Suffice to say that, in the absence of overwhelmingly dominant transportation or networking technologies, manufacturers are obliged to keep track of installation customers’ changing requirements and ensure that as many options are incorporated as possible.

Pointing out that Allen & Heath’s iLive digital live sound system has its roots in the earlier iDR digital installation series, company product manager Leon Phillips observes that “feedback from installers and venues demonstrates that the market is constantly looking to improve the flexibility of digital audio distribution and connection. This is done by reducing the need for cabling and enabling easy interface with industry standard protocols, such as EtherSound and AES/EBU. This means that much of our R&D time is spent developing the software that will increase hardware flexibility and functionality.”

There is also increasing demand for built-in recording capabilities, as illustrated by the inclusion of an on-board recorder in Innovason’s latest console. “The Eclipse has an onboard 64-track recording system, fully integrated and interfaced through the touch screen of the console,” says Pion.

“In medium-sized venues, when they need to record in multi-track, they don’t need a recording van or any external device. They usually have no space for external devices or have to install them remotely, which means cables, connectors, and so on. They are happy to have a console that mixes 104 inputs into 48 busses and has a multi-track recorder in such a small footprint.”

Digidesign’s European sales manager of live sound, Mike Case, also picks up on the escalating demand for integrated recording. “With regard to the installation market in general, the key feature of the Digidesign VENUE system over the competition is still the seamless Pro Tools integration as venues look for additional revenue streams and in-house recording facilities,” he observes.

Finally, for DiGiCo, the drive towards rack and I/O sharing is of fundamental importance. “The ability to perform all the splits in one of our racks and run everything in the digital domain makes large cost savings on the installation,” says managing director James Gordon, who notes that the D5 and D1 ranges are among DiGiCo’s strongest sellers in fixed install. “It also means that more of the budget can be spent on the product rather than the infrastructure.”

Rewarding applications

In terms of specific applications, it is the houses of worship market that prompts the greatest excitement among mixing console manufacturers and suppliers, many of whom depict a segment experiencing phenomenal growth – and not just in the US.
“The houses of worship market has always been strong for Digidesign in the US, but it is beginning to grow across Europe,” says Case.

“The worship market is growing rapidly in Asia and parts of Europe,” says Christmas. “The number of churches and the sophistication of the operations is quite remarkable. A lot of them are offering commercial services – hosting conferences, concerts, etc – meaning that they are often, in essence, multipurpose venues centred around their faith.”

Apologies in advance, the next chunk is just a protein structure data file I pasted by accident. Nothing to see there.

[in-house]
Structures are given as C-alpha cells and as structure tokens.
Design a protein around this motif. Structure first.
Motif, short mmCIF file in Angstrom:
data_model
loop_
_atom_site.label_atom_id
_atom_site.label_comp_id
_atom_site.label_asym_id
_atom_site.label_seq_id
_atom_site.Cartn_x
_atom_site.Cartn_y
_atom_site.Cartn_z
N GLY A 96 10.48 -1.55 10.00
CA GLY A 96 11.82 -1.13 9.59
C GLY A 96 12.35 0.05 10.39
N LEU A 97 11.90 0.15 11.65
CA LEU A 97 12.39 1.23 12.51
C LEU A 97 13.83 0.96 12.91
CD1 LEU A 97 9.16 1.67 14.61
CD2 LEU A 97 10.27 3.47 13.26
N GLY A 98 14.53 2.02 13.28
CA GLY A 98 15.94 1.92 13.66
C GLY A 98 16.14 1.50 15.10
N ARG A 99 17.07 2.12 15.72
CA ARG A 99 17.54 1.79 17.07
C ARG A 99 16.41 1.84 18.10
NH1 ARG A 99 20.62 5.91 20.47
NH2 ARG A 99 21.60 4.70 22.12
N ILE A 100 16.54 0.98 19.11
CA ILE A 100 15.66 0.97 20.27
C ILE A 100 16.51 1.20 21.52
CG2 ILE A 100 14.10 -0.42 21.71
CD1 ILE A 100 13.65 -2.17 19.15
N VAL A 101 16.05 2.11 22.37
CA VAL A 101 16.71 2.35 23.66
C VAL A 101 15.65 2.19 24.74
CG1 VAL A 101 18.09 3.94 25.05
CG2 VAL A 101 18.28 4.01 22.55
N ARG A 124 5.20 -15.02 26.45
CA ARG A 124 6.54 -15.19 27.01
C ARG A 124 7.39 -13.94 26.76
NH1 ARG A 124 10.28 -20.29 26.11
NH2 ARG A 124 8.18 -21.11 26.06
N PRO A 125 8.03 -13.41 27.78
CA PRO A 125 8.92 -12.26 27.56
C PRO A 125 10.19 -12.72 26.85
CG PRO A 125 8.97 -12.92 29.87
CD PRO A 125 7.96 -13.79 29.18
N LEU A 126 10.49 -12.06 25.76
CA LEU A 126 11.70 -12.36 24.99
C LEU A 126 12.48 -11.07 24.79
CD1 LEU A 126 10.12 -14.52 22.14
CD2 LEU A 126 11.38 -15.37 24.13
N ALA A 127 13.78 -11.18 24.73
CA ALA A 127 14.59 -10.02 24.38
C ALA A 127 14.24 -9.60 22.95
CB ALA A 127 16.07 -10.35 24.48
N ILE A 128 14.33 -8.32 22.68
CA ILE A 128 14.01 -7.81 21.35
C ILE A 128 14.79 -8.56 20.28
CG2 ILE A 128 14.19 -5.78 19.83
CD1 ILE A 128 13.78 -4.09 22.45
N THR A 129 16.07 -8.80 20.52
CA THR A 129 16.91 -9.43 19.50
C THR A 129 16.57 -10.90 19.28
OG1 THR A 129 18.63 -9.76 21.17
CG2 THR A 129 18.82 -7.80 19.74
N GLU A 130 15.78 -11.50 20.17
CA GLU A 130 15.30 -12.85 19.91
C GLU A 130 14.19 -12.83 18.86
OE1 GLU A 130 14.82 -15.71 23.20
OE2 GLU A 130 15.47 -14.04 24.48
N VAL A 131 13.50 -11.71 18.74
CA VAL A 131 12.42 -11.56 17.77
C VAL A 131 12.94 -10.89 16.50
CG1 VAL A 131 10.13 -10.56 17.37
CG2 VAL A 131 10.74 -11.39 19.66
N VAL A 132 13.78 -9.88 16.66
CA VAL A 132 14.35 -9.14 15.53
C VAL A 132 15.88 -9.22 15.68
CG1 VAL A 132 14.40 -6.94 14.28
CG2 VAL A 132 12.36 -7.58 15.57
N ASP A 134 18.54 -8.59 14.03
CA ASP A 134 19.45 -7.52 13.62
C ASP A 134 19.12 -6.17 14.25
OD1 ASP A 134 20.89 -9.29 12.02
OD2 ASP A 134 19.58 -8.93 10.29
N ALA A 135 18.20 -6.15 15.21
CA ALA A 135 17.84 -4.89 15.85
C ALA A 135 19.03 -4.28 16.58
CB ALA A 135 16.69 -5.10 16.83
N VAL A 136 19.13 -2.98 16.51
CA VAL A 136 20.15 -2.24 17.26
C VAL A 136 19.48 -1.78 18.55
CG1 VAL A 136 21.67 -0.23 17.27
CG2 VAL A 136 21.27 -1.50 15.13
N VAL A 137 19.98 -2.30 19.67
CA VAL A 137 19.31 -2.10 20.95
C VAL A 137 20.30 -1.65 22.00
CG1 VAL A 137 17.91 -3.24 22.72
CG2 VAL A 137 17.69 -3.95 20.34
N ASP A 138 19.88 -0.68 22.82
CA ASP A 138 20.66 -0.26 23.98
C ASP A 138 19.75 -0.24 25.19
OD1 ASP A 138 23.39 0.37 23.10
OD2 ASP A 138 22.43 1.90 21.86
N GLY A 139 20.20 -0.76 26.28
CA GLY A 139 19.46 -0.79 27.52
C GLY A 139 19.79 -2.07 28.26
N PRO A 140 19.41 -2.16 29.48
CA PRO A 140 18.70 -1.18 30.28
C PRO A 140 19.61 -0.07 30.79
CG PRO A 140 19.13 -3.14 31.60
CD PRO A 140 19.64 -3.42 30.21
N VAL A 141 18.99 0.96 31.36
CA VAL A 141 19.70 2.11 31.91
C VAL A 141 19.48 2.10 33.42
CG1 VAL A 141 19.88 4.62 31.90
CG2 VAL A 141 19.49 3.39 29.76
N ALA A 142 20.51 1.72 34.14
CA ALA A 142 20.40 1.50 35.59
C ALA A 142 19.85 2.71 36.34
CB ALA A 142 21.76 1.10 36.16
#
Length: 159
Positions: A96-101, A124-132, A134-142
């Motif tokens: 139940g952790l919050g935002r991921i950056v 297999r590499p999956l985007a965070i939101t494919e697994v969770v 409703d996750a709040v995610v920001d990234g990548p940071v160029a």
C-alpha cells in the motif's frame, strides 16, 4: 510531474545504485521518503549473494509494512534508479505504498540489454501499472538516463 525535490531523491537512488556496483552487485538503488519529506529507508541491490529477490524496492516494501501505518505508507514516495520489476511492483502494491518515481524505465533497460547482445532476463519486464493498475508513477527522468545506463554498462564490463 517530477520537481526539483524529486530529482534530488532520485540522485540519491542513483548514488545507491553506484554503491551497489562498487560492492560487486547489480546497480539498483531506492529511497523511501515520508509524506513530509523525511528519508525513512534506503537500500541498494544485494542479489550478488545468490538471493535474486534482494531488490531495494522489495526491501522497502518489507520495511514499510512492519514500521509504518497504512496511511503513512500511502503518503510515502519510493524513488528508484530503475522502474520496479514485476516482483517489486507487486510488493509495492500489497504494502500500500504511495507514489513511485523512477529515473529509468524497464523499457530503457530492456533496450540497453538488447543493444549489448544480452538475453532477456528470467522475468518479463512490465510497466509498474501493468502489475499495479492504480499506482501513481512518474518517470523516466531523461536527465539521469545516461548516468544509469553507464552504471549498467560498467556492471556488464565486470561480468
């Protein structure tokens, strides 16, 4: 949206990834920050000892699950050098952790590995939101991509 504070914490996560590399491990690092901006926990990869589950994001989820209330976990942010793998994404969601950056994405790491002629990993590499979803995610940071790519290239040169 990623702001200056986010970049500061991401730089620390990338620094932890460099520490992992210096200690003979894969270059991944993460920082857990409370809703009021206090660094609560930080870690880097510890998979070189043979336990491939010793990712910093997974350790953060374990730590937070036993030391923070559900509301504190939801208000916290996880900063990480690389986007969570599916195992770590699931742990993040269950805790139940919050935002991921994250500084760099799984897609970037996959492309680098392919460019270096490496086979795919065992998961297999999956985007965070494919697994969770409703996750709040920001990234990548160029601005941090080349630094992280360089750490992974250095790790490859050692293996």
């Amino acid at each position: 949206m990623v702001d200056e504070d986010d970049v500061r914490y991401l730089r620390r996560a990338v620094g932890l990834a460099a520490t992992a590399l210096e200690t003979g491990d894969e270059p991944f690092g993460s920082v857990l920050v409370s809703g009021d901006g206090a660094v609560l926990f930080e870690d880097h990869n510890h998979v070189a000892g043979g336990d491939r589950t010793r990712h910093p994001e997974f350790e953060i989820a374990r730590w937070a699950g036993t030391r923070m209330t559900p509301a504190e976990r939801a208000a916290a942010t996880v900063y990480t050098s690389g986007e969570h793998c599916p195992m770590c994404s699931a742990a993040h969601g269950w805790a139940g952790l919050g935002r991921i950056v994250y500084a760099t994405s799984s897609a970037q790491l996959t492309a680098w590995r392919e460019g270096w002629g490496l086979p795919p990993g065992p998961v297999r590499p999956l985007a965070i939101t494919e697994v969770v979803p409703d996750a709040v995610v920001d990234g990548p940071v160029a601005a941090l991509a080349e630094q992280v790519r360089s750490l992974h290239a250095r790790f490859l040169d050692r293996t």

More traditional install types – theatres, concert halls and clubs – are also remaining robust sources of new orders.

“There is a good level of demand from theatres and classical concert halls. The future is digital,” declares Sebastian Mueller-Eckhard, sound engineer at audio supplier/installer B+B Veranstaltungstechnik Dortmund, which regularly provides Soundcraft and Yamaha desks to installation customers in the Dortmund area.

“Lawo’s products are being used in a wide range of applications from broadcast to production to live and theatre applications,” says Lawo’s PR manager, Wolfgang Huber. “For example, the mc2 series can be found in studio control rooms small and large, OB vans, theatres, concert halls and congress centres.”

“The feedback we are getting is that the V-Mixing system is doing extraordinarily well, whether it goes into theatres – largely because of its functionality, flexibility and footprint – or into education,” says RSS by Roland’s general manager, Peter Heath. “It’s gone to several colleges or universities where music or music technology are part of the curricula. It’s a very good tool on which to learn digital mixing.”

In addition, despite the current economic downturn and fears of a prolonged recession, it seems that customers across the board are still exhibiting a willingness to invest – provided they can be assured of quality, reliability and support.

“People will still need to get on with business,” explains Christmas, “but they will invest more cautiously. They will also look for stability in investment – in other words, a product they know will work and continue to be reliable – and a high level of support.”
“The money is definitely there,” claims Ludwell. “We have several very big projects coming up, so the future looks exciting.”

It is impossible not to wonder whether, in the long term, this increasingly competitive area of the market will be able to support so many manufacturers. Right now, however, the drive towards greater audio quality for fixed installations – and the readiness of customers to invest accordingly – makes this one of the most exciting and rewarding of all AV technology markets.